A Derry student studying fashion in London has spoken of her ‘lucky’ and ‘rewarding’ experience making costumes for the London 2012 Olympic Games opening ceremony.
Aileen Faller, who earlier this year hit the headlines with her red chair appearance on the Graham Norton television show, helped create, break-down and fit some of the 10,000 costumes on show in graduate Oscar-winning film director Danny Boyle’s epic opening ceremony, Isles of Wonder.
Aileen, a first year student at Wimbledon College of Art, within University of the Arts London, had been working on the costumes for the opening ceremony since February.
As she is studying Costume Interpretation at university, the role as a costume maker and assistant for London 2012 was too good an opportunity to pass up.
She said: “I’ve just devoted any and all the time I could to it. Before the summer holidays I worked evenings and weekends and for the last two weeks I’ve been working 12 hours day but I’ve loved every minute.”
Aileen had an opportunity to help out at every stage from stitching hats to fitting each individual volunteer and altering their costume for effect and fit. She explained: “Over my Easter holidays I spent my time breaking down the Industrial Revolution costumes which came to us brand new and in need of some serious work.
“In one day I could be breaking down boots then fitting costumes on volunteers then stitching and changing things that didn’t work in the rehearsals. It was so rewarding because if the cast members were uncomfortable or worried about their costumes they couldn’t perform properly. We’d get gifts of chocolate or thank you cards from performers who felt we really changed their experience.”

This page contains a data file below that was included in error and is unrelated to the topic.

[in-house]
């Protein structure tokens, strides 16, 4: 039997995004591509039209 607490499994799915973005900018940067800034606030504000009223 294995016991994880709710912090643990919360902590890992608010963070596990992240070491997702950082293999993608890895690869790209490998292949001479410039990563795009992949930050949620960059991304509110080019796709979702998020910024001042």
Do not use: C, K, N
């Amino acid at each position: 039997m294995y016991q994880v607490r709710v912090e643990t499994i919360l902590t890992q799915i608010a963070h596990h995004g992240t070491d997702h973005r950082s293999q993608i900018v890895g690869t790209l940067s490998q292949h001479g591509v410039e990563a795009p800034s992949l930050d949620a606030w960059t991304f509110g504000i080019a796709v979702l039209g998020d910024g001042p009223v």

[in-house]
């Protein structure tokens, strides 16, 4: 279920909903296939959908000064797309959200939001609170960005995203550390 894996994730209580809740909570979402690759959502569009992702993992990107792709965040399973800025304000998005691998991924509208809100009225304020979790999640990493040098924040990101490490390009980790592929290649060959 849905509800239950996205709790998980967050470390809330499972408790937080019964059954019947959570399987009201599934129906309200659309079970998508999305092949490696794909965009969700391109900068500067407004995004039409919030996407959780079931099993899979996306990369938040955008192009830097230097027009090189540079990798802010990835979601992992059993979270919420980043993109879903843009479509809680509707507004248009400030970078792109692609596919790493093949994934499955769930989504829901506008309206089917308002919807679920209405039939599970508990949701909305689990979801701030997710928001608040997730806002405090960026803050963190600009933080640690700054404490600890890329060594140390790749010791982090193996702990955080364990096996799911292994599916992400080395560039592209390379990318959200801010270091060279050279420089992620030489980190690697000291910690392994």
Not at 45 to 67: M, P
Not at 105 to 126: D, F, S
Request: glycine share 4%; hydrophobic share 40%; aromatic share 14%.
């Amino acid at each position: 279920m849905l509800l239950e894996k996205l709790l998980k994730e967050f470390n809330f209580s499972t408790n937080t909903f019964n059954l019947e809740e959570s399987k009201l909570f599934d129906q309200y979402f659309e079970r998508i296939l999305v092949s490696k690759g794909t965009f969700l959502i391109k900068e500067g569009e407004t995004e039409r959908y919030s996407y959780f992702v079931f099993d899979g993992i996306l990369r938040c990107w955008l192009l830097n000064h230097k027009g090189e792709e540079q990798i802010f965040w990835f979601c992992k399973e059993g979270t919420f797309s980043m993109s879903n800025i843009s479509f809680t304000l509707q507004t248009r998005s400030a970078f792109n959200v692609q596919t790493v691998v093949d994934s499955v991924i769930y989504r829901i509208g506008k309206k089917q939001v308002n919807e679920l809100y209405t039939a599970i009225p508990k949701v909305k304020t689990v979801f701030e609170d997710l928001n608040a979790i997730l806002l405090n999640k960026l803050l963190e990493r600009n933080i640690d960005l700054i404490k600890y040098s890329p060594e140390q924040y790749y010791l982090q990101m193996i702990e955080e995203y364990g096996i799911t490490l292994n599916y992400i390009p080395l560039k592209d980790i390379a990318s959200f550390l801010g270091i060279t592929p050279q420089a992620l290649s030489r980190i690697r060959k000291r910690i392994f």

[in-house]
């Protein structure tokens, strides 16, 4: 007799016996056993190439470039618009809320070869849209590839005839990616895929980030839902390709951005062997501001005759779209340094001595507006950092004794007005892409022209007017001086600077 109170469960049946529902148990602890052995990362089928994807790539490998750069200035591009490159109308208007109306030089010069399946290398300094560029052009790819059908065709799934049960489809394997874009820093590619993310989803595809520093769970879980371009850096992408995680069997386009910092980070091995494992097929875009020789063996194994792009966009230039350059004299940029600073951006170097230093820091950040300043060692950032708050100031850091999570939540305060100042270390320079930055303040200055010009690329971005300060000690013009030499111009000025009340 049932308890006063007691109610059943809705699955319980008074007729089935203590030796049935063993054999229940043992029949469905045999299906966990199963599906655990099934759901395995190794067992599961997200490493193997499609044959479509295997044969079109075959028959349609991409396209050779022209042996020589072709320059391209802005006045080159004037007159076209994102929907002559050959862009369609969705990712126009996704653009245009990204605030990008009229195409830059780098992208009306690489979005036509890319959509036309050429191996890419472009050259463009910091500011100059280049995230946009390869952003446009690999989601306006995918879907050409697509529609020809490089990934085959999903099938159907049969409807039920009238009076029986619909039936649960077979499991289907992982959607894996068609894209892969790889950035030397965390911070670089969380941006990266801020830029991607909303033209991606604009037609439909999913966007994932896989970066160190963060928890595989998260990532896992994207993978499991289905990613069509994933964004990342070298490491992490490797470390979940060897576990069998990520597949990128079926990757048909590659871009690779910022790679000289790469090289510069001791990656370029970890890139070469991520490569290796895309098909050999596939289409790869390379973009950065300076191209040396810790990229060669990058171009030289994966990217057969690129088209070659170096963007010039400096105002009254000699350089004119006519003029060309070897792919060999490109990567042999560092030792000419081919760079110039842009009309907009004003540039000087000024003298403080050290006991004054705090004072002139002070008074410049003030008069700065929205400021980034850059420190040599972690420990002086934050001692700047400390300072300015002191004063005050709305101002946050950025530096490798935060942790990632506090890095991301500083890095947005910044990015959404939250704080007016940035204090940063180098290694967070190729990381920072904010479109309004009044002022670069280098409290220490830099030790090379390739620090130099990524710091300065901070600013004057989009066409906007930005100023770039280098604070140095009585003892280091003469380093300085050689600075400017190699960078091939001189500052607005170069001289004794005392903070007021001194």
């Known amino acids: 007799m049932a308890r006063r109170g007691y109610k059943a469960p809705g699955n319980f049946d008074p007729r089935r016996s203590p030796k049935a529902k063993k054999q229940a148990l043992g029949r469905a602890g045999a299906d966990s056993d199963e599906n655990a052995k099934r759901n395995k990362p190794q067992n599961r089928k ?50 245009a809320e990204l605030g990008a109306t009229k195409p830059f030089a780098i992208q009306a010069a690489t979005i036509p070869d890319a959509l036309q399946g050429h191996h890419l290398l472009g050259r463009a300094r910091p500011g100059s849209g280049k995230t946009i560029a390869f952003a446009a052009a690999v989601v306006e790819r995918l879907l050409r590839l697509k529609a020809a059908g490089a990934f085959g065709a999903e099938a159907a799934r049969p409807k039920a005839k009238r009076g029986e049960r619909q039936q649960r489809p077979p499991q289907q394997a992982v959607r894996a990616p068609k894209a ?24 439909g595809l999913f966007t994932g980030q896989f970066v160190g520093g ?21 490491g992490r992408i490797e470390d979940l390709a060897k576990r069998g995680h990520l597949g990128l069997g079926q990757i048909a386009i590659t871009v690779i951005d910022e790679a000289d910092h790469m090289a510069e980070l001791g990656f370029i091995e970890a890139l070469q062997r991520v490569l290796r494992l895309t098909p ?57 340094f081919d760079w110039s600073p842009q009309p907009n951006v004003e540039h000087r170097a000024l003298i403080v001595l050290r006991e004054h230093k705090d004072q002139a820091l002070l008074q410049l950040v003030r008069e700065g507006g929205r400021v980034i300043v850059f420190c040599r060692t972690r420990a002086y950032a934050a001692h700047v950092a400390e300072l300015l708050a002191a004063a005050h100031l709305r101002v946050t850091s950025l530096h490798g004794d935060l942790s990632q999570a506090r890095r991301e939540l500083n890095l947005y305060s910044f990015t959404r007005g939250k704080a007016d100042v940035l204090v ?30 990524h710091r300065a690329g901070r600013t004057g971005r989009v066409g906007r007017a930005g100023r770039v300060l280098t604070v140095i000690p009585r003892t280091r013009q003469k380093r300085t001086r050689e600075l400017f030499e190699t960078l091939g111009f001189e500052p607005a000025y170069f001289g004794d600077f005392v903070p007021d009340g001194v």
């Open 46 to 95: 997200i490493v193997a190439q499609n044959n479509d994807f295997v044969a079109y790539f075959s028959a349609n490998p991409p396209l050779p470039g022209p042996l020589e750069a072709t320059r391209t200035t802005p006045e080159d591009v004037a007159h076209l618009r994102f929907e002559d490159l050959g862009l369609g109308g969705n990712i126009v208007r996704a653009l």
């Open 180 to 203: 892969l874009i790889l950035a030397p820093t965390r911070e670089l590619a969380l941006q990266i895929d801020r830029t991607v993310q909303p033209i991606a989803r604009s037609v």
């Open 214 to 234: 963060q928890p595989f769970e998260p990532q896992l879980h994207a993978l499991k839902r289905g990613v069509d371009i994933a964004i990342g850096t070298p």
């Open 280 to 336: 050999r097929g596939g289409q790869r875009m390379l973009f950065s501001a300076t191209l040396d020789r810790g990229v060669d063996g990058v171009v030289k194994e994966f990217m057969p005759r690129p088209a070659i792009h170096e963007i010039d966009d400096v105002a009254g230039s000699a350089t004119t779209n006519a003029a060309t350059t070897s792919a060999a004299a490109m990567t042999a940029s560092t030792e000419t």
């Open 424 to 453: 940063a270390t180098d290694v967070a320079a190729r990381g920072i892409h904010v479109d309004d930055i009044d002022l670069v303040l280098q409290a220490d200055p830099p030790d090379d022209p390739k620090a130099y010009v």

After so much work, Friday night’s opening ceremony was both an exciting and stressful experience for Aileen, as the world watched her work go by: “It was mind-blowing, completely surreal. After months of preparation I couldn’t believe it was happening. I was so busy on the day it didn’t sink in until Saturday.”
With an opportunity to work on something so big in the first year of her degree, Aileen said she felt “immensely lucky” as only about 150 volunteers were chosen to cover her role and that of hair and make-up.
She said: “It was a lot of hard work, not a volunteer role where you don’t have responsibility. We had a lot of control, if something went wrong with the costumes on the night or during rehearsals the volunteers were the ones on hand to fix it.
“But it was so rewarding, I gained so much. All my friends from university just went home or holidayed this summer. I couldn’t give up this great opportunity. I’ve worked two other jobs to be able to volunteer and cover my rent but it was worth it.”
Aileen took a two-day break before starting on the costumes for the closing ceremony, which she promises will be just as spectacular.
(This article was kindly reproduced with permission from Podium Magazine)